TCA is the convenient abbreviation for trichloroanisole, the chemical compound which infects cork and wine when a bottle of wine has the misfortune to be corked. It results from a chemical reaction which may take place at various points of the winemaking process due to molds in the tree bark used to make corks, or even in the wood used for barrels and vats. If the problem occurs, the customer will pull a face and get another bottle, but the restaurant owners, shopkeepers and producers suffer economic damage. A bottle’s probability of being tainted by TCA varies, depending on whose data you believe (2% according to cork producers, 15% according to some studies carried out by wine producers), but it is money poured down the drain in any case.
The momentous case of Elio Altare — who discarded a whole vintage of Barolo, with consequent legal claims against the cork supplier being decided in the producer’s favor — is a significant precedent. But producers are not yet sufficiently protected; they are at the mercy of a sector, the cork producers, which is facing constantly increasing demand and steadily decreasing supplies, and does not have any qualms about the customers’ plight.
The cork industry talks about research, new treatments and all kinds of anti-TCA chemical tricks, but tainted wine does not seem to have slipped into memory. It is true that sealing a bottle with a cork has a certain appeal and tradition — for many people the distinctive sound when a bottle is opened is an integral part of the wine-drinking ritual and cannot be replaced. Then there are “technical” reasons: a cork is said to still be the best way of ensuring the product can “breathe” while aging. But I feel it is time to look for alternatives, without being horrified at dissenting views or beating the drum of traditional values.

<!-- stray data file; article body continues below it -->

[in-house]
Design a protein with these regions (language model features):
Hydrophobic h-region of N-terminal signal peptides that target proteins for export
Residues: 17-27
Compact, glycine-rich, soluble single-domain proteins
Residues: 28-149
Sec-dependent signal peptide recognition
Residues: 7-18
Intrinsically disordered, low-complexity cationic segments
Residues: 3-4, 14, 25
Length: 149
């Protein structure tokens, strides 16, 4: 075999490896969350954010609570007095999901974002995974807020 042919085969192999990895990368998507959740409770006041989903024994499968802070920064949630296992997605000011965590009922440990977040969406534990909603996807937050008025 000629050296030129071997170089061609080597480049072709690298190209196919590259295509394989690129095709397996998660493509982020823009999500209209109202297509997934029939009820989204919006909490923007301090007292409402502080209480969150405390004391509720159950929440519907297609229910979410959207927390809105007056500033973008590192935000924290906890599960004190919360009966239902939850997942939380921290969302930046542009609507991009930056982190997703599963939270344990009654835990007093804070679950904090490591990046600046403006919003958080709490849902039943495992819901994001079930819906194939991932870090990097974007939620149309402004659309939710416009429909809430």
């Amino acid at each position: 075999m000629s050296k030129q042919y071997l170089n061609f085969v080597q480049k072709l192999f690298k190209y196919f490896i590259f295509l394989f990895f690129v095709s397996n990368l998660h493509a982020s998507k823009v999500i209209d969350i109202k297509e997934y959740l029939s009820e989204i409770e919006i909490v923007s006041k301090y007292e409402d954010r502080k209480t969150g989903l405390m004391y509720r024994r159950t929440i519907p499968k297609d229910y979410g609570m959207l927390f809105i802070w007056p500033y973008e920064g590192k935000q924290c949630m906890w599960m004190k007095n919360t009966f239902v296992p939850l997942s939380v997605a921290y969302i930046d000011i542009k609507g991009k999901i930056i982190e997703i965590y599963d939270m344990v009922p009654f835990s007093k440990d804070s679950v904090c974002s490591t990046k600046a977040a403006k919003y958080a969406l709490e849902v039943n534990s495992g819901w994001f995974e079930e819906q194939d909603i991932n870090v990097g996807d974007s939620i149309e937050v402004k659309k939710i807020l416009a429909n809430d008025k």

It is not only a question of wine and economic costs, but is also beginning to involve environmental issues: cork trees do not grow as quickly as corks are being used and demand is increasing year by year. Developing and selling bottles with the by now familiar synthetic stoppers has proved successful only for wines needing to be drunk within a year to a year and a half: we can forget the idea of corking vintage wine with those cylindrical bits of colored plastic. They are not very stylish and it is very difficult to use them to recork an open bottle, but we should acknowledge that they go some way to serving their purpose.
Research and innovation are now proceeding in other directions and there are various new developments to report. They have strange names: MetaCork, Zork and Vino-lok. MetaCork is a US product and is a system comprising a synthetic cork, corkscrew and a stopper to reseal the bottle: it is not yet fully convincing, particularly due to the materials used. The Australian Zork is an all-plastic product: it is opened with a tab, appears to give an adequate hermetic closure and promises to produce the same sound as a natural cork when opened. It needs investigating further.
The product perhaps arousing most interest is the newest, the German Vino-lok. It is made of glass covered with an aluminum cap and another in PVC similar to those used for traditional bottles. Using glass is an interesting choice and I have to admit that the system has a certain stylish elegance, slightly resembling those stoppers used for flasks at the beginning of the 19th century, but keeping the same look that we are used to on shelves and in the cellar.
These inventions are worth watching, they will not necessarily be the last word to an age-old problem, but at least we are seeing real efforts which will sooner or later make the cork industry take proper account of the requests and concerns of winemakers. Nor will we eventually have to abandon cork, which at present risks being phased out. As long as cork trees aren’t driven to extinction.
First printed in La Stampa on July 4 2004
Adapted by Ronnie Richards